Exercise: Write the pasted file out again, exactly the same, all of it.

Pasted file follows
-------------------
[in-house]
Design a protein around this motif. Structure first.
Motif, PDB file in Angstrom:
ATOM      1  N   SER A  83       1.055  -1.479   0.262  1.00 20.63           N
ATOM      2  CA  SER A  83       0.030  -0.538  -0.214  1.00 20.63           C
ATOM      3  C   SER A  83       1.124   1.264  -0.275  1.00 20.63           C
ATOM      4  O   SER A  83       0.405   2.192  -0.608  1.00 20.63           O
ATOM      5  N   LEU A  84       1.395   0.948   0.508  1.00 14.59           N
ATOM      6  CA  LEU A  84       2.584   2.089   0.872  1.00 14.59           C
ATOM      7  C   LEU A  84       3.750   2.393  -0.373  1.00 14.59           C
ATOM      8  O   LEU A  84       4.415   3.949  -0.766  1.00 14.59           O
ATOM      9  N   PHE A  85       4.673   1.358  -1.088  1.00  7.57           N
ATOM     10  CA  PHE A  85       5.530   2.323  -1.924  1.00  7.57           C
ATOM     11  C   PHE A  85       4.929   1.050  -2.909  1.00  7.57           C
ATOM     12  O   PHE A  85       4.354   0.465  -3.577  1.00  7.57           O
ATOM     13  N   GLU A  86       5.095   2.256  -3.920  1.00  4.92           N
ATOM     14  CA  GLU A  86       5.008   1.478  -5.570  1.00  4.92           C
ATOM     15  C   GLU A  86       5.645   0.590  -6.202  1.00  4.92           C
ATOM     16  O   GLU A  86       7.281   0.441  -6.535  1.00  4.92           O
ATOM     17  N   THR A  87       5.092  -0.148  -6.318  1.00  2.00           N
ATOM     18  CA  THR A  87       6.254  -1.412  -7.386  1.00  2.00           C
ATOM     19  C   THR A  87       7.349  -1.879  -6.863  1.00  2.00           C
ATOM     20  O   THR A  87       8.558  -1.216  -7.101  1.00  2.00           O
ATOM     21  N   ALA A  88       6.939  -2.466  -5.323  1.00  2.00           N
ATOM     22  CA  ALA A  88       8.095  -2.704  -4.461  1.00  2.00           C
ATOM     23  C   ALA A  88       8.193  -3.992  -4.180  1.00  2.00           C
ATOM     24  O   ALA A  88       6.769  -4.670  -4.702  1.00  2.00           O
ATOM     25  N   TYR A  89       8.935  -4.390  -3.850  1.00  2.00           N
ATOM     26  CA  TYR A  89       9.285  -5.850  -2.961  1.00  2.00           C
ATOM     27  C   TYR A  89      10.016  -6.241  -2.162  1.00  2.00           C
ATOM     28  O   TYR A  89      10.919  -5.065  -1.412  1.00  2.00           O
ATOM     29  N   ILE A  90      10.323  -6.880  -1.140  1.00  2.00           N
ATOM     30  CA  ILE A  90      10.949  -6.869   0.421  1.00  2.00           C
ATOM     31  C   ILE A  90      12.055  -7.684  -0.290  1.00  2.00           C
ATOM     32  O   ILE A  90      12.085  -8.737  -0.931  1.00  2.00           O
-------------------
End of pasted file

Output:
[in-house]
Design a protein around this motif. Structure first.
Motif, PDB file in Angstrom:
ATOM      1  N   SER A  83       1.055  -1.479   0.262  1.00 20.63           N
ATOM      2  CA  SER A  83       0.030  -0.538  -0.214  1.00 20.63           C
ATOM      3  C   SER A  83       1.124   1.264  -0.275  1.00 20.63           C
ATOM      4  O   SER A  83       0.405   2.192  -0.608  1.00 20.63           O
ATOM      5  N   LEU A  84       1.395   0.948   0.508  1.00 14.59           N
ATOM      6  CA  LEU A  84       2.584   2.089   0.872  1.00 14.59           C
ATOM      7  C   LEU A  84       3.750   2.393  -0.373  1.00 14.59           C
ATOM      8  O   LEU A  84       4.415   3.949  -0.766  1.00 14.59           O
ATOM      9  N   PHE A  85       4.673   1.358  -1.088  1.00  7.57           N
ATOM     10  CA  PHE A  85       5.530   2.323  -1.924  1.00  7.57           C
ATOM     11  C   PHE A  85       4.929   1.050  -2.909  1.00  7.57           C
ATOM     12  O   PHE A  85       4.354   0.465  -3.577  1.00  7.57           O
ATOM     13  N   GLU A  86       5.095   2.256  -3.920  1.00  4.92           N
ATOM     14  CA  GLU A  86       5.008   1.478  -5.570  1.00  4.92           C
ATOM     15  C   GLU A  86       5.645   0.590  -6.202  1.00  4.92           C
ATOM     16  O   GLU A  86       7.281   0.441  -6.535  1.00  4.92           O
ATOM     17  N   THR A  87       5.092  -0.148  -6.318  1.00  2.00           N
ATOM     18  CA  THR A  87       6.254  -1.412  -7.386  1.00  2.00           C
ATOM     19  C   THR A  87       7.349  -1.879  -6.863  1.00  2.00           C
ATOM     20  O   THR A  87       8.558  -1.216  -7.101  1.00  2.00           O
ATOM     21  N   ALA A  88       6.939  -2.466  -5.323  1.00  2.00           N
ATOM     22  CA  ALA A  88       8.095  -2.704  -4.461  1.00  2.00           C
ATOM     23  C   ALA A  88       8.193  -3.992  -4.180  1.00  2.00           C
ATOM     24  O   ALA A  88       6.769  -4.670  -4.702  1.00  2.00           O
ATOM     25  N   TYR A  89       8.935  -4.390  -3.850  1.00  2.00           N
ATOM     26  CA  TYR A  89       9.285  -5.850  -2.961  1.00  2.00           C
ATOM     27  C   TYR A  89      10.016  -6.241  -2.162  1.00  2.00           C
ATOM     28  O   TYR A  89      10.919  -5.065  -1.412  1.00  2.00           O
ATOM     29  N   ILE A  90      10.323  -6.880  -1.140  1.00  2.00           N
ATOM     30  CA  ILE A  90      10.949  -6.869   0.421  1.00  2.00           C
ATOM     31  C   ILE A  90      12.055  -7.684  -0.290  1.00  2.00           C
ATOM     32  O   ILE A  90      12.085  -8.737  -0.931  1.00  2.00           O